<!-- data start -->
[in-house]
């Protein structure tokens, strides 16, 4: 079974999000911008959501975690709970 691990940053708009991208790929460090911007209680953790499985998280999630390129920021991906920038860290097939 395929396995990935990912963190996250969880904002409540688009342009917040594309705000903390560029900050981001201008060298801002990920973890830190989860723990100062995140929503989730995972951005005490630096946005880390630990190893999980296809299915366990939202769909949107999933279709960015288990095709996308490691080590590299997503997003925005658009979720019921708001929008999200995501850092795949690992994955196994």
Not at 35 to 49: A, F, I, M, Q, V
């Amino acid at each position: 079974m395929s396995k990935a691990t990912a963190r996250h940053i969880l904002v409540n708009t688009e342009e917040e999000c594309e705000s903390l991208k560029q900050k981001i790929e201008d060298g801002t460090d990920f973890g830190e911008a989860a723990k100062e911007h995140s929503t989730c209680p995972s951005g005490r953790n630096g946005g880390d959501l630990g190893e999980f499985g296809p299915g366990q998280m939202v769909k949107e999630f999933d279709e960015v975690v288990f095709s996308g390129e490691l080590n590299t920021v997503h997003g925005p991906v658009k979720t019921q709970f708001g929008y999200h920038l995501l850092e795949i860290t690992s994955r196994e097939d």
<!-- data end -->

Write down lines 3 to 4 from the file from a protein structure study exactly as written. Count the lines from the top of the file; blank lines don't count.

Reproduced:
Not at 35 to 49: A, F, I, M, Q, V
């Amino acid at each position: 079974m395929s396995k990935a691990t990912a963190r996250h940053i969880l904002v409540n708009t688009e342009e917040e999000c594309e705000s903390l991208k560029q900050k981001i790929e201008d060298g801002t460090d990920f973890g830190e911008a989860a723990k100062e911007h995140s929503t989730c209680p995972s951005g005490r953790n630096g946005g880390d959501l630990g190893e999980f499985g296809p299915g366990q998280m939202v769909k949107e999630f999933d279709e960015v975690v288990f095709s996308g390129e490691l080590n590299t920021v997503h997003g925005p991906v658009k979720t019921q709970f708001g929008y999200h920038l995501l850092e795949i860290t690992s994955r196994e097939d």